London is in the midst of a musical golden age right now. Just cast your eye over this morning’s Mercury Prize nominations if you need any proof; seven of the twelve nominated albums are from acts that started in the capital and still call it home. At the forefront of this golden age is the city’s RnB revival. As grime and, to a lesser extent, UK rap, has taken up the headlines, a generation of young women have been turning nostalgia into a new sound, fusing 90s harmonies with unmistakably London lyrics and production.
The list of artists in the capital taking on this sound seems to grow by the day, and almost all bring something unique to it, yet few have arrived as fully formed as West London’s JaJa Kisses. Part of the elusive Serotonin collective, JaJa brings a dose of post-vapourwave haze to the scene, crafting atmospheric, spacious songs that practically seep purple smoke out your speakers. Having released her Young Fashioned EP at the tail end of last year, JaJa is already racking up something of a cult following thanks to her hypnotic sound and unique aesthetic. She makes multiple appearances in long term friend Ray BLK’s ’50/50′ music video and already has a back catalogue of stunning visuals of her own.
Today she’s premiering the video for the EP’s lead single ‘Zoning’. Directed by BERLIN, the video is sultry and cinematic, favouring lingering shots and moody lighting, JaJa cast in deep blues and reds, maintaining the air of mystery that she’s cultivated so well. The song itself is full of overlapping hooks and harmonies with JaJa’s voice melting in and out of existence over the delicate, sparse beat. It’s a sound and aesthetic that inevitably intrigues and draws you further into JaJa and Serotonin’s self-created world, so we did just that and sat down with the singer to find out more about where she’s from and where she hopes to be going. Watch the video for ‘Zoning’ below and read our interview with JaJa Kisses after the jump.
Hi JaJa, there’s been a lot of ‘mystery’ in RnB lately, but your take on that trend seems more considered than a lot of other people’s. What’s the concept behind JaJa Kisses?
The concept is kind of like the journey of really understanding myself and coming out of my shell to discover and pursue the things I really want to experience in life. In many ways, I’m still a mystery to myself which makes me doubtful at times, but making music always brings me clarity and a sense of purpose that keeps me going.
What is Serotonin?
Serotonin is a London based collective of creative misfits – mostly musicians but also directors and artists, who capture and present our version of events through multi-media. We have a pretty post-modern, nostalgic style and just hope to make a difference with our art and contribute to the culture.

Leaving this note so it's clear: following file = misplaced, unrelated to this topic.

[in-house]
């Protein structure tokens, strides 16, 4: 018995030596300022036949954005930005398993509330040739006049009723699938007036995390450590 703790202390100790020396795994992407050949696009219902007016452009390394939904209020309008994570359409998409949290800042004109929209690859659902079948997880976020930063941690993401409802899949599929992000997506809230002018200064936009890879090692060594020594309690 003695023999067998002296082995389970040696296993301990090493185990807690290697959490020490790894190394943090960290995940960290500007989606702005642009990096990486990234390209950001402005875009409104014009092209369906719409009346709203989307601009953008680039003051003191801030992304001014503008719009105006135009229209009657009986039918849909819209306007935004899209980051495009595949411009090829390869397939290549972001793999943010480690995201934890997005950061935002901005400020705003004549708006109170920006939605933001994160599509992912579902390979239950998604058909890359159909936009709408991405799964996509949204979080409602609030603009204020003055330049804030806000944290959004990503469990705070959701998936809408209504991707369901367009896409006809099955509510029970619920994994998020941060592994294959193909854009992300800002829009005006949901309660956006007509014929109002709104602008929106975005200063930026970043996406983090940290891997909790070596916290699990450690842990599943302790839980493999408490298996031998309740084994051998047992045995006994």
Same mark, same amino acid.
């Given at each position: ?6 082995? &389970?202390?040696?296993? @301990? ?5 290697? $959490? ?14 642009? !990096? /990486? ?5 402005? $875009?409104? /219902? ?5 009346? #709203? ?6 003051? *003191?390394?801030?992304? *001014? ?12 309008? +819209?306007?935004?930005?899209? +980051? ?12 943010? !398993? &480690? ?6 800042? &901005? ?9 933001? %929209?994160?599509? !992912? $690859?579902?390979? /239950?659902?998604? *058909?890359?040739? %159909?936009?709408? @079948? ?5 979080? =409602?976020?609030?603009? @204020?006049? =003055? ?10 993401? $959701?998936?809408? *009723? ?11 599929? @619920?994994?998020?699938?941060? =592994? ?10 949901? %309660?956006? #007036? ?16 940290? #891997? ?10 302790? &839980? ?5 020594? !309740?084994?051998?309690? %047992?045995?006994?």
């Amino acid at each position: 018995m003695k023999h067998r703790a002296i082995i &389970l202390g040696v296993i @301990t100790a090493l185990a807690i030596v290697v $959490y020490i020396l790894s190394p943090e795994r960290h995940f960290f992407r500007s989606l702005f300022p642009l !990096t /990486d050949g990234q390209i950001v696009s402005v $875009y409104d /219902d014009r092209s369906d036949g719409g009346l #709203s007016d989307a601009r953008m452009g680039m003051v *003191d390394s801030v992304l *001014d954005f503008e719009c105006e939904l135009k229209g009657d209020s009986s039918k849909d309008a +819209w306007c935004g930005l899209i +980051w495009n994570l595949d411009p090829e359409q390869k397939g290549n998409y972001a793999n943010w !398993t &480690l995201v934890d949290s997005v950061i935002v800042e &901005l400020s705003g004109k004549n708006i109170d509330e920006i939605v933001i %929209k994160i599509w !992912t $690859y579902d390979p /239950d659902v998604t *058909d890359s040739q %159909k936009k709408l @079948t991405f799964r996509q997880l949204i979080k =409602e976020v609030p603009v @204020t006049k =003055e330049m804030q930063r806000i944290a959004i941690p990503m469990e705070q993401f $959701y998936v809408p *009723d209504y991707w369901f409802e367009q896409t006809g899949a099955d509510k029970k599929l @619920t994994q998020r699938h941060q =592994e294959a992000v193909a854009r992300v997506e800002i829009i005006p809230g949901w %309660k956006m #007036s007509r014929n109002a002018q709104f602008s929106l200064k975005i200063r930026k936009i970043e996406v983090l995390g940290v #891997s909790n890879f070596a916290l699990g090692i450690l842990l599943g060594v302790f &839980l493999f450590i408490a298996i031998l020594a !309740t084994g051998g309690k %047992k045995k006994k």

How would you describe your aesthetic?
Mostly cute and purple lol. I’d say it also has a modern digital feel to it – linked to the topic of the internet and social media – as it’s something I became deeply fascinated with at a young age and it’s led me to discover so many other genres, artists and music platforms. I like to play around with that 8-bit vibe too as it adds to the nostalgia of those MS Paint, Dollzmania and WordArt days.
What’s the appeal of purple and smoke?
I think purple and smoke appeals to people I’d want to party with… we’re not sad, but we’re not completely lit. In those moments I can vibe, be myself, feel myself and still be wavy. It’s an exciting, mysterious place between blue and red.
Your videos have a distinctive vibe to them. How important is the visual element of your work?
It’s important to me to capture my present state of mind and truest ideals for every video – and to know I can be proud of it later down the line. I love shooting and editing and finding more ways to express myself, but for me, the music and lyrics have always been the most important. Although I’m excited to work with more visual artists and make my live performances a more unique experience, in order to really give everyone the vibes I felt when creating the music.
Where in London inspires you most?
Hmmm, I probably write most on the Central line. Even though it’s super busy, it kind of feels like I have a moment away from the world and I usually make revisions on my songs while listening to them on the tube. Maybe it makes me feel like it’s going somewhere too!
People might recognise you from Ray BLK’s 50/50 video – how did you get involved in that?
I met Ray at an acting class 7 or 8 years ago and we’ve cheered each other on ever since. So when she invited me down to the shoot, I was there. It was great to be part of such a powerful video!